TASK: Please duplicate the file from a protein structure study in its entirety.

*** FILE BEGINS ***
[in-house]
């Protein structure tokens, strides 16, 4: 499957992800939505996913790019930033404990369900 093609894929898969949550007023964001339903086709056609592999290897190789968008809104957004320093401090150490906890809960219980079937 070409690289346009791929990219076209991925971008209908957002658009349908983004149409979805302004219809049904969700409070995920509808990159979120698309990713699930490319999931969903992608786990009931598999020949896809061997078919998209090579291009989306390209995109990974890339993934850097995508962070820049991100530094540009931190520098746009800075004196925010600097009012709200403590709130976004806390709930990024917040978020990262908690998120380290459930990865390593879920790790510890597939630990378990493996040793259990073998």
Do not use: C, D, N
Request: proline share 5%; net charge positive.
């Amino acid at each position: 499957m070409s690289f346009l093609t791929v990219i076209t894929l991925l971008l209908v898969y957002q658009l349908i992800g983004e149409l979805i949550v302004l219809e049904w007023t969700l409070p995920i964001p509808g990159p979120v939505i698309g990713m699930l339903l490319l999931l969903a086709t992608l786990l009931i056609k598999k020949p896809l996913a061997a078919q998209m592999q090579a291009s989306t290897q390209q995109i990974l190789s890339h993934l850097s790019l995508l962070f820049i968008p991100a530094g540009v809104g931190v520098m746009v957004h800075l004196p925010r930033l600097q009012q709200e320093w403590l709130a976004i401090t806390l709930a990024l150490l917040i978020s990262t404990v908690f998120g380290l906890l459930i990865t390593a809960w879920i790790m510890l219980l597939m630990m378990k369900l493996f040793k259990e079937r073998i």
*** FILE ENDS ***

[in-house]
């Protein structure tokens, strides 16, 4: 499957992800939505996913790019930033404990369900 093609894929898969949550007023964001339903086709056609592999290897190789968008809104957004320093401090150490906890809960219980079937 070409690289346009791929990219076209991925971008209908957002658009349908983004149409979805302004219809049904969700409070995920509808990159979120698309990713699930490319999931969903992608786990009931598999020949896809061997078919998209090579291009989306390209995109990974890339993934850097995508962070820049991100530094540009931190520098746009800075004196925010600097009012709200403590709130976004806390709930990024917040978020990262908690998120380290459930990865390593879920790790510890597939630990378990493996040793259990073998």
Do not use: C, D, N
Request: proline share 5%; net charge positive.
């Amino acid at each position: 499957m070409s690289f346009l093609t791929v990219i076209t894929l991925l971008l209908v898969y957002q658009l349908i992800g983004e149409l979805i949550v302004l219809e049904w007023t969700l409070p995920i964001p509808g990159p979120v939505i698309g990713m699930l339903l490319l999931l969903a086709t992608l786990l009931i056609k598999k020949p896809l996913a061997a078919q998209m592999q090579a291009s989306t290897q390209q995109i990974l190789s890339h993934l850097s790019l995508l962070f820049i968008p991100a530094g540009v809104g931190v520098m746009v957004h800075l004196p925010r930033l600097q009012q709200e320093w403590l709130a976004i401090t806390l709930a990024l150490l917040i978020s990262t404990v908690f998120g380290l906890l459930i990865t390593a809960w879920i790790m510890l219980l597939m630990m378990k369900l493996f040793k259990e079937r073998i």